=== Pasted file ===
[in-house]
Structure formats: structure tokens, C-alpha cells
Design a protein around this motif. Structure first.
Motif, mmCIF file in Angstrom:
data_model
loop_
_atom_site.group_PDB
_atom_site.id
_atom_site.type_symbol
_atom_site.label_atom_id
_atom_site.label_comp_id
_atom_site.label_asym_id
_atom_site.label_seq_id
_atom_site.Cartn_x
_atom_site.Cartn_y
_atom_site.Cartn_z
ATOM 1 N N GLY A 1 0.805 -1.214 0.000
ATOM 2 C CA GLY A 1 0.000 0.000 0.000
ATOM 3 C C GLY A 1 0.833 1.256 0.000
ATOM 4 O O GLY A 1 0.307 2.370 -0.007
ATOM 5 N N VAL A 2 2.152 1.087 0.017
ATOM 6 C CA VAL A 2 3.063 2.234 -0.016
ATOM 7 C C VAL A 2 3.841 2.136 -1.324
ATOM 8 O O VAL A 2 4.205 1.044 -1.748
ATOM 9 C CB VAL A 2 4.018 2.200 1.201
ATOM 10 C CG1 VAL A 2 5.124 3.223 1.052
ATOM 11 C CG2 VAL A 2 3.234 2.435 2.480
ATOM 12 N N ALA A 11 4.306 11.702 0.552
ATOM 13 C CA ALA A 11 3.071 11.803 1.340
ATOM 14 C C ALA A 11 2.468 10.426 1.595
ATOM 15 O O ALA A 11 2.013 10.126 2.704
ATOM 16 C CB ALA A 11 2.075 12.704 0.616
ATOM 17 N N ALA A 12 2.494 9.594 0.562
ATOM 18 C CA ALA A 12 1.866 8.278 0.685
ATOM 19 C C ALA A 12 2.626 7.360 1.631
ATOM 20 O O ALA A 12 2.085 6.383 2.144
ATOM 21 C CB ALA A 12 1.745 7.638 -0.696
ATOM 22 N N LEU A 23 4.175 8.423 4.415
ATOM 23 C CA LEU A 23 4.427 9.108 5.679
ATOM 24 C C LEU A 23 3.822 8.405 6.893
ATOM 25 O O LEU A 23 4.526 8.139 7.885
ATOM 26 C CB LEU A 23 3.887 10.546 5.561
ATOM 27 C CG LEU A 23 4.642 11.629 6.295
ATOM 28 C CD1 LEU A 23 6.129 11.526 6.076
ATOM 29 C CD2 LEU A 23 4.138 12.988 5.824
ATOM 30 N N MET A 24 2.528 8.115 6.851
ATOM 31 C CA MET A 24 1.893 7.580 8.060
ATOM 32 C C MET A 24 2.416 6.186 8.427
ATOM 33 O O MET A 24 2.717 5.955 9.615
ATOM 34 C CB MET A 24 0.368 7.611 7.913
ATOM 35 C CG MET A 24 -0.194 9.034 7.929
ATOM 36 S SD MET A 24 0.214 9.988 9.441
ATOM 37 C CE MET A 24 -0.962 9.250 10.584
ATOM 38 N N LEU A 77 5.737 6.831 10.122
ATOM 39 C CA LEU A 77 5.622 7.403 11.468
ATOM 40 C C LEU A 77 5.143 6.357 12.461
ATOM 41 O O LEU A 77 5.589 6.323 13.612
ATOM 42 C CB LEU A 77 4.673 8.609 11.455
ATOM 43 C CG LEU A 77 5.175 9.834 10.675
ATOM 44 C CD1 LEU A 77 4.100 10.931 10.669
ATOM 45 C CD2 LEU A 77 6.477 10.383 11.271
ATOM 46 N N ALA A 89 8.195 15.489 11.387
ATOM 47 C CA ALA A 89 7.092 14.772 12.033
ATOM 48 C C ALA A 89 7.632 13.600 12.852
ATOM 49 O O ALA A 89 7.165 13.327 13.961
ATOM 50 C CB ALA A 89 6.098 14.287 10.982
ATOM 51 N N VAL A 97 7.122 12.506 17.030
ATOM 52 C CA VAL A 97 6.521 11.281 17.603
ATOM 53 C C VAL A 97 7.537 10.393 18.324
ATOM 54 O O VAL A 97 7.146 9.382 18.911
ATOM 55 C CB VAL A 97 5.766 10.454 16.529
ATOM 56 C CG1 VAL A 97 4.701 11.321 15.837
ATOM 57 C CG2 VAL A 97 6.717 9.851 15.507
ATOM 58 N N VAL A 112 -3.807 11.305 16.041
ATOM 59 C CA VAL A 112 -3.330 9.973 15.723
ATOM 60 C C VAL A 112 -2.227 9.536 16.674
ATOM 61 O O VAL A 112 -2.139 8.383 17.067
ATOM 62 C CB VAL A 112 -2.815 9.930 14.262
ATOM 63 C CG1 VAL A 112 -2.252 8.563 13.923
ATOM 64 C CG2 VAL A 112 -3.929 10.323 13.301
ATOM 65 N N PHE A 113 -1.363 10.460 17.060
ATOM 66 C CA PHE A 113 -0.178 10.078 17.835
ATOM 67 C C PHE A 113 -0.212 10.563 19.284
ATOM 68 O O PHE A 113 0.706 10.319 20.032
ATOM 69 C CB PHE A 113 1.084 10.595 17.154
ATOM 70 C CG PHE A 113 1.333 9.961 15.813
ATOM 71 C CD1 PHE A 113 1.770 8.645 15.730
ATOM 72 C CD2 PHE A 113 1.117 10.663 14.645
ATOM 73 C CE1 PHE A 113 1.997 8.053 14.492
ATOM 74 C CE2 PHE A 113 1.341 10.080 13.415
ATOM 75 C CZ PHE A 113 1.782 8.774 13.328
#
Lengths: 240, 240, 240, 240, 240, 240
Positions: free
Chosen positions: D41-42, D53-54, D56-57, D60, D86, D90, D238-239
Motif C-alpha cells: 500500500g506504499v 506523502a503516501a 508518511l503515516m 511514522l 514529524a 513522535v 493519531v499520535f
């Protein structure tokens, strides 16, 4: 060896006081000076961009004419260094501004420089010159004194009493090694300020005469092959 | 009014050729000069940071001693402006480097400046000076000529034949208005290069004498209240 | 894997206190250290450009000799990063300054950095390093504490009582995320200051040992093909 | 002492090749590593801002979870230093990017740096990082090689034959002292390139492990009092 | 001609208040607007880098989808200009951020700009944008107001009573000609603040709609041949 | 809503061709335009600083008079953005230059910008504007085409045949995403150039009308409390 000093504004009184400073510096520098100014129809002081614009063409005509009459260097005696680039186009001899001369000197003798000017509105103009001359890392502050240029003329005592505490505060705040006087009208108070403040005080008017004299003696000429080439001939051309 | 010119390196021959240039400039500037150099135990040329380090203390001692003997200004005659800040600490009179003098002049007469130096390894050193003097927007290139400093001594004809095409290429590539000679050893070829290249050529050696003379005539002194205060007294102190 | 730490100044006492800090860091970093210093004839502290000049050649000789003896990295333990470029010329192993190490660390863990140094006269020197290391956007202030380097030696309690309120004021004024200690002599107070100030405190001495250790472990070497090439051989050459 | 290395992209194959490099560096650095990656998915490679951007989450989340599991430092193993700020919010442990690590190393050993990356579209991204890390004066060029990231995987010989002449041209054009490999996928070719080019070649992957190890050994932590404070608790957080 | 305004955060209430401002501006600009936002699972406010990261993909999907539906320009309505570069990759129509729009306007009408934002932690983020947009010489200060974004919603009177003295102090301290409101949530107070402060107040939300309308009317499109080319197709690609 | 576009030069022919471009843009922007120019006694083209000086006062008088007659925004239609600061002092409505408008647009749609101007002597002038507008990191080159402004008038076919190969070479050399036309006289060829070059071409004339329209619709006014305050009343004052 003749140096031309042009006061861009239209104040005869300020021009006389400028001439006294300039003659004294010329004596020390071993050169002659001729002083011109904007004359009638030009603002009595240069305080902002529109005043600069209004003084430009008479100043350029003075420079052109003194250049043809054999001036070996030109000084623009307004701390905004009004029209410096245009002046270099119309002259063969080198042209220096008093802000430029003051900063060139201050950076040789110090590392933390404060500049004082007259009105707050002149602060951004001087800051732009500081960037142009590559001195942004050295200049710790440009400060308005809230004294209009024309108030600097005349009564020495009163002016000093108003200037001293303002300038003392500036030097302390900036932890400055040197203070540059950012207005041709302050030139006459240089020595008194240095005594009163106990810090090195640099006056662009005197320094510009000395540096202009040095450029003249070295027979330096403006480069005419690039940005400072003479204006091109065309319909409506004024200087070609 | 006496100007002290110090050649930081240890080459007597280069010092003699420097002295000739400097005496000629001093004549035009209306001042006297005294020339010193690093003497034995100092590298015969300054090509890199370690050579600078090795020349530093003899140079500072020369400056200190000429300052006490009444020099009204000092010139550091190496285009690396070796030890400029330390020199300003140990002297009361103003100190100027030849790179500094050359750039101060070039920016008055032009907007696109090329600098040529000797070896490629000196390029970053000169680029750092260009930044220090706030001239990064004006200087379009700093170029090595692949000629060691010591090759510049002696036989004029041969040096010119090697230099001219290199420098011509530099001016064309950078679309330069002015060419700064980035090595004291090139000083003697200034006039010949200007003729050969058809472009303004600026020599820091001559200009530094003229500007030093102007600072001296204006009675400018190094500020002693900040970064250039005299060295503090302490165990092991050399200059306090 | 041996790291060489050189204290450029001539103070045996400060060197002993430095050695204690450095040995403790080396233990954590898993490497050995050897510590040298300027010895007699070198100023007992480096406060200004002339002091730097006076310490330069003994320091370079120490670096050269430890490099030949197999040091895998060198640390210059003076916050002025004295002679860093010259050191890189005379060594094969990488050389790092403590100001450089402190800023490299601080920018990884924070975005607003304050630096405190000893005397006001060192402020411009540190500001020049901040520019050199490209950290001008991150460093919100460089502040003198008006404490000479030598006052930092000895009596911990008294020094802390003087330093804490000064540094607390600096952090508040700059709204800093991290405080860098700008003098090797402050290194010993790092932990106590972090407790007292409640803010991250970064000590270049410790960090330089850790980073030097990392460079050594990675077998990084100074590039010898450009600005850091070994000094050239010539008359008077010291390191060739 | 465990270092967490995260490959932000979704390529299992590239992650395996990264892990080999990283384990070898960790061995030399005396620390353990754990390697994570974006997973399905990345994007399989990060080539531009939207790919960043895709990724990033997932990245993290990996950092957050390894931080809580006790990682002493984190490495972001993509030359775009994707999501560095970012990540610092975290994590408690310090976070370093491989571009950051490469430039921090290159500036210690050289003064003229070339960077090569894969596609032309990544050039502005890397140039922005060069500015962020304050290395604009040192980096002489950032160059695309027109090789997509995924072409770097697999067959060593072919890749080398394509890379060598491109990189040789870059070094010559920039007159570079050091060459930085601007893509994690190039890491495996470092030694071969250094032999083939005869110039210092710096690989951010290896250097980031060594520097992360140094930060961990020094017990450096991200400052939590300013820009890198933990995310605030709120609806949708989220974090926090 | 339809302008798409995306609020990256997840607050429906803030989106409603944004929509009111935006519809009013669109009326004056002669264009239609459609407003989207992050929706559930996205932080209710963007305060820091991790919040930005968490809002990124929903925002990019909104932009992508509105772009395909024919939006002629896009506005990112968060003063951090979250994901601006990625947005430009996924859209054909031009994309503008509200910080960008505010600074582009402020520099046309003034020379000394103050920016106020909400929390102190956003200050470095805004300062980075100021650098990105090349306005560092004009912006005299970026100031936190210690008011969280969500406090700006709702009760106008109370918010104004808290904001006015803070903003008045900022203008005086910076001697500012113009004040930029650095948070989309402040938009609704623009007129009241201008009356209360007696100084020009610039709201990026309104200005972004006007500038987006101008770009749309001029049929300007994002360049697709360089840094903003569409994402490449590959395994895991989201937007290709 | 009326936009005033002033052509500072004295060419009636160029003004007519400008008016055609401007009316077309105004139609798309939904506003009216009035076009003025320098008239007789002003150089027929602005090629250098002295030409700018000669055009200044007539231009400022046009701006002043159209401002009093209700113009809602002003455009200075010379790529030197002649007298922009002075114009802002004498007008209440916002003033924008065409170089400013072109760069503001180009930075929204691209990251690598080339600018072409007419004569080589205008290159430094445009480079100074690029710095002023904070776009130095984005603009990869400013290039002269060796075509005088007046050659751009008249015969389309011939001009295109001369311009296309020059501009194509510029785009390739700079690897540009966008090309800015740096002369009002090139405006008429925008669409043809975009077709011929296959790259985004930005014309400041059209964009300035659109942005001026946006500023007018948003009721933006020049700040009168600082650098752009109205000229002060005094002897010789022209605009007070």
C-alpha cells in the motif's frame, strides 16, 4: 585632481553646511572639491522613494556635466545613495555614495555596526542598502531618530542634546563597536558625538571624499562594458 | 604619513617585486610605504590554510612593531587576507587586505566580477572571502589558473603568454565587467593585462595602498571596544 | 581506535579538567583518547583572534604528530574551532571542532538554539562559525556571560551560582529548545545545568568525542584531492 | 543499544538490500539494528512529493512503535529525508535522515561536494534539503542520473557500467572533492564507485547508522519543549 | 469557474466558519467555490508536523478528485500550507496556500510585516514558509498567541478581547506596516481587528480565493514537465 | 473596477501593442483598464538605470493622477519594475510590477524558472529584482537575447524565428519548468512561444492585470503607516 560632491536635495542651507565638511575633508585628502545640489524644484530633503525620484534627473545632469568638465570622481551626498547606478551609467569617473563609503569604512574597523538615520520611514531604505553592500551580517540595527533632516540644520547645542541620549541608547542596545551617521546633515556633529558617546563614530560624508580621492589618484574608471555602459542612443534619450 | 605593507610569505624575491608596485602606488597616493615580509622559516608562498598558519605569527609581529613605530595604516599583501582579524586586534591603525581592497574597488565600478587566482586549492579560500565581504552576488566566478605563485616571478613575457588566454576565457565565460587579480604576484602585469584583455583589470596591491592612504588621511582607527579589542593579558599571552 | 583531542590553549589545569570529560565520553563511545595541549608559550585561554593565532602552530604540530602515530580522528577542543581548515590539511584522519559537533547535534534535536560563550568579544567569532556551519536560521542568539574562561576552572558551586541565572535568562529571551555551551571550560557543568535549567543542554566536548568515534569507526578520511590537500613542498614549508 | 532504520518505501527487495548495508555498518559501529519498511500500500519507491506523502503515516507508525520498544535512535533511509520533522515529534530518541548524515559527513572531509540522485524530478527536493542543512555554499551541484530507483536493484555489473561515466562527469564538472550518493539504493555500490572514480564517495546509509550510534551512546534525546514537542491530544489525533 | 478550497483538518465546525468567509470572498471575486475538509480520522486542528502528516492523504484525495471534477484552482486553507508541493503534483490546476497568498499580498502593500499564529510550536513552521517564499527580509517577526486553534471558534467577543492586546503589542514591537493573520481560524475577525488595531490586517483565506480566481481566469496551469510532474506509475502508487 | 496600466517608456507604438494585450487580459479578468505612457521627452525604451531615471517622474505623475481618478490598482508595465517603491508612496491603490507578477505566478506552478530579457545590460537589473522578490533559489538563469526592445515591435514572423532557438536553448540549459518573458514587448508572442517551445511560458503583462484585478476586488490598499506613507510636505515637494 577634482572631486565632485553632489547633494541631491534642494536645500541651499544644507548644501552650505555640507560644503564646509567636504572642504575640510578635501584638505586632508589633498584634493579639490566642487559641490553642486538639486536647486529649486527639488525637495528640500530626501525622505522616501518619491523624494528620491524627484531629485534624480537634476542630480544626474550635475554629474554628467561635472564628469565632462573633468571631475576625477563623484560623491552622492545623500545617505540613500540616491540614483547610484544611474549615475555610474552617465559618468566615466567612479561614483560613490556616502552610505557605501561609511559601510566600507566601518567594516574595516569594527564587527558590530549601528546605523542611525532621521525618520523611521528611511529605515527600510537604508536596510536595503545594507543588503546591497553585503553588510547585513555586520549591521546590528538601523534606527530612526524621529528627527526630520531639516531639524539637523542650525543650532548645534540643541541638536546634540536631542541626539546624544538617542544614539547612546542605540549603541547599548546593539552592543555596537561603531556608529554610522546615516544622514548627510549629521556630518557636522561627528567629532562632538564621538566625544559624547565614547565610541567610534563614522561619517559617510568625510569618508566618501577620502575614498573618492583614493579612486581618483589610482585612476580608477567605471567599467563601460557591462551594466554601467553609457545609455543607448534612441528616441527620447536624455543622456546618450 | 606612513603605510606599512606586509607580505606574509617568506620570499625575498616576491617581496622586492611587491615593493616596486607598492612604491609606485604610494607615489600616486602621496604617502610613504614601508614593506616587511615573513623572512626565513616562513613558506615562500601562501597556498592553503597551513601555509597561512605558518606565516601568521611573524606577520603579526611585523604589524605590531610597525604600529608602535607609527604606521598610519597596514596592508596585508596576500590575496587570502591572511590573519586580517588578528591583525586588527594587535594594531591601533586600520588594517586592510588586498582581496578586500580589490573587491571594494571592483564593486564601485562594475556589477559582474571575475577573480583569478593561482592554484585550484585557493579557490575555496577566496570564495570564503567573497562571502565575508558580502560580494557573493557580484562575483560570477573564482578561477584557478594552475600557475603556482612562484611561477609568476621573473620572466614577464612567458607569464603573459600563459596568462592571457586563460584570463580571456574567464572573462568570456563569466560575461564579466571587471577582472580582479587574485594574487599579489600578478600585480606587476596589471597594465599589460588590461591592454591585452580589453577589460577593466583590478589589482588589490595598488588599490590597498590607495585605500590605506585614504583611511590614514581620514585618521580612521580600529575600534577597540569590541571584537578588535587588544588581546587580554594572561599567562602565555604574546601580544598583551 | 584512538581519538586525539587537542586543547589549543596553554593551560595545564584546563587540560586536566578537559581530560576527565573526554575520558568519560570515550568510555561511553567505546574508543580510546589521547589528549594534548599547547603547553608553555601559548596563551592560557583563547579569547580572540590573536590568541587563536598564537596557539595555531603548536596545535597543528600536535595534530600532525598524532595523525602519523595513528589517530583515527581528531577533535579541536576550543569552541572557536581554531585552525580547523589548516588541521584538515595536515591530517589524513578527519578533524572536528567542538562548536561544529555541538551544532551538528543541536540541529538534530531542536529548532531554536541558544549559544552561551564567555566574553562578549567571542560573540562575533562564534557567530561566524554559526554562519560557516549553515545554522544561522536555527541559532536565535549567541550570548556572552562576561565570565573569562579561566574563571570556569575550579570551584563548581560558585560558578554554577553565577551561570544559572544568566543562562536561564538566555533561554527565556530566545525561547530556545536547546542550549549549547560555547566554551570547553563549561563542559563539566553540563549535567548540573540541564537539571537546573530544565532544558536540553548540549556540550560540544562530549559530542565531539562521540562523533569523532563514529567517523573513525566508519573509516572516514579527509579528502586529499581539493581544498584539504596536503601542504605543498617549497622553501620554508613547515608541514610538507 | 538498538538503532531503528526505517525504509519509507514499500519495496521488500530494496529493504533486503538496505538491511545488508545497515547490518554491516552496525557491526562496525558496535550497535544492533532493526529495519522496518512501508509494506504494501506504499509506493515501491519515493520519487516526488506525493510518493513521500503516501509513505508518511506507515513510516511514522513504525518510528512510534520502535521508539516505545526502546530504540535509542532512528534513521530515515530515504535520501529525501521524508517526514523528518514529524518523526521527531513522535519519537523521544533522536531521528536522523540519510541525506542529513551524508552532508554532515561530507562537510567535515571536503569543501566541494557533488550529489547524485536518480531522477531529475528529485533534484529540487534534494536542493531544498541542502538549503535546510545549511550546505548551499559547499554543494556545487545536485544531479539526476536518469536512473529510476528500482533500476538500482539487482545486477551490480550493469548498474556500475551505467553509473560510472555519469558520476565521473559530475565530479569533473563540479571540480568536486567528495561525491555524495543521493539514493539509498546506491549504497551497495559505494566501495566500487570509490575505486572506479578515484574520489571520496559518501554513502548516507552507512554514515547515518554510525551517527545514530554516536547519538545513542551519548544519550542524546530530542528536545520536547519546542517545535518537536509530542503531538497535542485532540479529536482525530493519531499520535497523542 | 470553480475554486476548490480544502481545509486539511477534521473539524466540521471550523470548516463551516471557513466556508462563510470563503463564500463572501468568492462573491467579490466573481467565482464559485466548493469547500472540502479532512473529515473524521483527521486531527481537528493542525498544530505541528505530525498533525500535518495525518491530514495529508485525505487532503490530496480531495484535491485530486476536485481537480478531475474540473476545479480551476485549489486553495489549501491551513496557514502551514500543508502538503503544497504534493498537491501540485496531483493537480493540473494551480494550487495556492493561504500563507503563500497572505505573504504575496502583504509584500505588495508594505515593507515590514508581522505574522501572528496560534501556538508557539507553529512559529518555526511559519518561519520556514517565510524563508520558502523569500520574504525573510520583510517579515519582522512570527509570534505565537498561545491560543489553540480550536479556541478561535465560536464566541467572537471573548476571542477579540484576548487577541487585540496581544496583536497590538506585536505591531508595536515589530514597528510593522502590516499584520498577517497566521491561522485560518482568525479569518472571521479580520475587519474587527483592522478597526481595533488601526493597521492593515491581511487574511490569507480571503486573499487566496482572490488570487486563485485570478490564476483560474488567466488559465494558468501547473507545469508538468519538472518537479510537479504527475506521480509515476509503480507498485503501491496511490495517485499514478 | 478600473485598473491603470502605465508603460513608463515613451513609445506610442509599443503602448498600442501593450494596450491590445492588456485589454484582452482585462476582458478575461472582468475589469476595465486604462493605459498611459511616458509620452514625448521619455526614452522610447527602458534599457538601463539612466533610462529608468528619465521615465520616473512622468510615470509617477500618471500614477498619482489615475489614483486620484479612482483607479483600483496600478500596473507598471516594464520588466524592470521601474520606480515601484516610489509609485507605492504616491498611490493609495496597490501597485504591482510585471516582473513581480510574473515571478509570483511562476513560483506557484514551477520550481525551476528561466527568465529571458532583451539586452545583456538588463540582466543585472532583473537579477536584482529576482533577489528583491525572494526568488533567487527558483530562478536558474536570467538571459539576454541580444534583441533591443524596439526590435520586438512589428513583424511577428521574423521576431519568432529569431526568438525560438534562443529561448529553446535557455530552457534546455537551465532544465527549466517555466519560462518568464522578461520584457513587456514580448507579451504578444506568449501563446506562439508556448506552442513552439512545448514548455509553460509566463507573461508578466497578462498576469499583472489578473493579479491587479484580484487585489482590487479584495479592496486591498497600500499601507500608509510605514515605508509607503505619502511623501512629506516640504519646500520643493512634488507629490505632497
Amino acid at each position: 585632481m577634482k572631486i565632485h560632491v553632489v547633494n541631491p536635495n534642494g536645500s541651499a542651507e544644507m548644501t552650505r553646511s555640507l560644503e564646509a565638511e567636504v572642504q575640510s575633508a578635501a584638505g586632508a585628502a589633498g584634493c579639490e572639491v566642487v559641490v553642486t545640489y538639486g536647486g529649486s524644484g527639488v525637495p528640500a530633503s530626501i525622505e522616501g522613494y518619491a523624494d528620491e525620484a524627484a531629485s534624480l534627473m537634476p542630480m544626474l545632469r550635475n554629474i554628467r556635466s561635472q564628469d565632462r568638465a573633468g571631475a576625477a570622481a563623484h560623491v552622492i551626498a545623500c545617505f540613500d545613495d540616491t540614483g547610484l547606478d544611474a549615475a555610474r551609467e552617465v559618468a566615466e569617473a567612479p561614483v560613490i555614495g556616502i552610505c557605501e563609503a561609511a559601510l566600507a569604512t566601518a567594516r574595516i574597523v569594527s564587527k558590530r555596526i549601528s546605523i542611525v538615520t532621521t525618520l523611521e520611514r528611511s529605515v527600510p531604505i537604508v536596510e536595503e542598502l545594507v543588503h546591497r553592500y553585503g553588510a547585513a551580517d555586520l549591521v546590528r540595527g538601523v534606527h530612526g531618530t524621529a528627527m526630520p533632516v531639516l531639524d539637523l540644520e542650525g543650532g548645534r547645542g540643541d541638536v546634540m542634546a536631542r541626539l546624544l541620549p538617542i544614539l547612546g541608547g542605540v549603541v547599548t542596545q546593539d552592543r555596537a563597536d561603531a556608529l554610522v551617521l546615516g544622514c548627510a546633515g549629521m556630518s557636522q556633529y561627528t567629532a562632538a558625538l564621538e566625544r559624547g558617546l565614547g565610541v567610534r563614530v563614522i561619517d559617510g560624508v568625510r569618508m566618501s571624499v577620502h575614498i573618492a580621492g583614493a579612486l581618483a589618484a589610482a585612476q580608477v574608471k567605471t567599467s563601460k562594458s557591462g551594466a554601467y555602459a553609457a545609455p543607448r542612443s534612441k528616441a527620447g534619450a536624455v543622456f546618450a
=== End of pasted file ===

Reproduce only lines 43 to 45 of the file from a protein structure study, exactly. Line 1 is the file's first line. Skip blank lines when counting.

ATOM 27 C CG LEU A 23 4.642 11.629 6.295
ATOM 28 C CD1 LEU A 23 6.129 11.526 6.076
ATOM 29 C CD2 LEU A 23 4.138 12.988 5.824